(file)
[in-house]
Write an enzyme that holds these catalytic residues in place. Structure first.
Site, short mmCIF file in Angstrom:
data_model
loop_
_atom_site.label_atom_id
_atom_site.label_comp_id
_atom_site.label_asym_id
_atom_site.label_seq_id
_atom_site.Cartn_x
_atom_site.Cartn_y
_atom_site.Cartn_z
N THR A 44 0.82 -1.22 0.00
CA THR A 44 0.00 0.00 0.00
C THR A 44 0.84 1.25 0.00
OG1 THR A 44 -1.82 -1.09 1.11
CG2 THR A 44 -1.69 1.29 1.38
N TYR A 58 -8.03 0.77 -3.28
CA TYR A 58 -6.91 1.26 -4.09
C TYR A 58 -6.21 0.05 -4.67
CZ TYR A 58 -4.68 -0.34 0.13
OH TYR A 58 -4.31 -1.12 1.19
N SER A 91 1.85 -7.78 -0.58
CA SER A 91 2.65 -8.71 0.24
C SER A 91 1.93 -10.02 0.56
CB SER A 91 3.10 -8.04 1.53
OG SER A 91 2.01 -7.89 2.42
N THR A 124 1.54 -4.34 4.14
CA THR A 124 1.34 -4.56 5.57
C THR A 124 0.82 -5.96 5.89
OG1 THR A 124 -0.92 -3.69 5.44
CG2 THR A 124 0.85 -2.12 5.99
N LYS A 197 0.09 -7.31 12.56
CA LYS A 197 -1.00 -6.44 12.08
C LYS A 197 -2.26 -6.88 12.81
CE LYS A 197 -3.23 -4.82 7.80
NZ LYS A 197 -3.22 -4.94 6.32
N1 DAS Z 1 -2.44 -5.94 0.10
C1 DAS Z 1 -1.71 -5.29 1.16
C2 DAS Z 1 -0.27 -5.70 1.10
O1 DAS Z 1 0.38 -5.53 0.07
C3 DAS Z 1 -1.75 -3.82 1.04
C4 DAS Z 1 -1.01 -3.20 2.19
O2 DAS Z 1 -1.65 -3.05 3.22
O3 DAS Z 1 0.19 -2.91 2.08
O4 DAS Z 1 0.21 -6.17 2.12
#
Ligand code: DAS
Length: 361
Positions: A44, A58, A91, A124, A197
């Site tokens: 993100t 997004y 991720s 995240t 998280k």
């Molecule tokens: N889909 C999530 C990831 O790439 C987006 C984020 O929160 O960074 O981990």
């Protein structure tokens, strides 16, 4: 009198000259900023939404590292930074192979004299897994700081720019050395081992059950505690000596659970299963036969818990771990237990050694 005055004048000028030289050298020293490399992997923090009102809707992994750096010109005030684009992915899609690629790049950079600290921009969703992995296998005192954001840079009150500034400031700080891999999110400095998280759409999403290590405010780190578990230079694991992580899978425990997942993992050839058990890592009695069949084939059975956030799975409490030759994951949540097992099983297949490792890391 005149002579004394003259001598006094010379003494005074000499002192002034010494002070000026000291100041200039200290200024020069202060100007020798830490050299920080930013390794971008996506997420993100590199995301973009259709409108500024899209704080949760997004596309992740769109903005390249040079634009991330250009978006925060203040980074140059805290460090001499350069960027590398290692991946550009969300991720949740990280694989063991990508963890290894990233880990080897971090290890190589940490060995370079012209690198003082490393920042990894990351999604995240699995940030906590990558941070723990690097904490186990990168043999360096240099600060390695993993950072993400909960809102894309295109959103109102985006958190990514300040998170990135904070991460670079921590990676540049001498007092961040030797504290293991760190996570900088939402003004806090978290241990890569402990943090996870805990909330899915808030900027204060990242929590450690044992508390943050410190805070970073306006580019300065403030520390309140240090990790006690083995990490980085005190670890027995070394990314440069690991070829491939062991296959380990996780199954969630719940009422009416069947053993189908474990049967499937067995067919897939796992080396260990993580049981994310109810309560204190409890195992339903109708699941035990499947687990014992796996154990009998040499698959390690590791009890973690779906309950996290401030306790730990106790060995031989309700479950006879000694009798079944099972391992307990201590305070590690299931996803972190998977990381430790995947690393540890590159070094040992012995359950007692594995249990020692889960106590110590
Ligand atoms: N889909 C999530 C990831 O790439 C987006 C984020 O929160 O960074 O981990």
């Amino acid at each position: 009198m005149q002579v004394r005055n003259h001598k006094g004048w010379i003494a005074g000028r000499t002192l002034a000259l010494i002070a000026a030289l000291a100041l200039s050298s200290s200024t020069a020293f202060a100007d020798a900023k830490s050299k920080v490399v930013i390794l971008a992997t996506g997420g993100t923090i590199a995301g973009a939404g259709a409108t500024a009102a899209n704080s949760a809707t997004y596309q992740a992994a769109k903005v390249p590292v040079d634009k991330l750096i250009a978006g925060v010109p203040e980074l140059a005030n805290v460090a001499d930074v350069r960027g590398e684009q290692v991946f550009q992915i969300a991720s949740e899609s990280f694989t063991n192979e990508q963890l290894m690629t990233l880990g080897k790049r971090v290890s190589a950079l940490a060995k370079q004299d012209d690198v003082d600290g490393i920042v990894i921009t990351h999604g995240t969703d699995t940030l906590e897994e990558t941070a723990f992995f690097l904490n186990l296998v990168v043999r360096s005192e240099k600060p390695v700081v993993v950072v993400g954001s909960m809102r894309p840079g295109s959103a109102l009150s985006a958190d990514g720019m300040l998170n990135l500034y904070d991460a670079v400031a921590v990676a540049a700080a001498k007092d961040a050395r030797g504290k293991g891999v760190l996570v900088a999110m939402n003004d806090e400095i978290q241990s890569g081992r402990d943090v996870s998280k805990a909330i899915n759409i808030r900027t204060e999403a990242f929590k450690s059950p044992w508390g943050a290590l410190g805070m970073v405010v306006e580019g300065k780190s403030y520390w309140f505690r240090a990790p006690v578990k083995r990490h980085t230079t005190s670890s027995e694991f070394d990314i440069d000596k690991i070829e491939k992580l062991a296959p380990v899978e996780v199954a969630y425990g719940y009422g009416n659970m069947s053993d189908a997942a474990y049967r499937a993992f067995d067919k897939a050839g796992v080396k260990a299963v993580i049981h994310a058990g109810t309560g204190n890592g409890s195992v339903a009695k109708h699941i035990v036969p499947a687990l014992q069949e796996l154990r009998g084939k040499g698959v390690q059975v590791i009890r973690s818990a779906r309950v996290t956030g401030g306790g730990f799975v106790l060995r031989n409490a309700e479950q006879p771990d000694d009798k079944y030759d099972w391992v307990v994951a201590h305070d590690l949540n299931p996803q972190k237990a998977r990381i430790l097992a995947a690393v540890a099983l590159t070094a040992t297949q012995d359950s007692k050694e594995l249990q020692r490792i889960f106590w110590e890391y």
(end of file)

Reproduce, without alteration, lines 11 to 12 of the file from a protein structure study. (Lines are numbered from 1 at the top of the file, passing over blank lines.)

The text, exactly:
_atom_site.Cartn_y
_atom_site.Cartn_z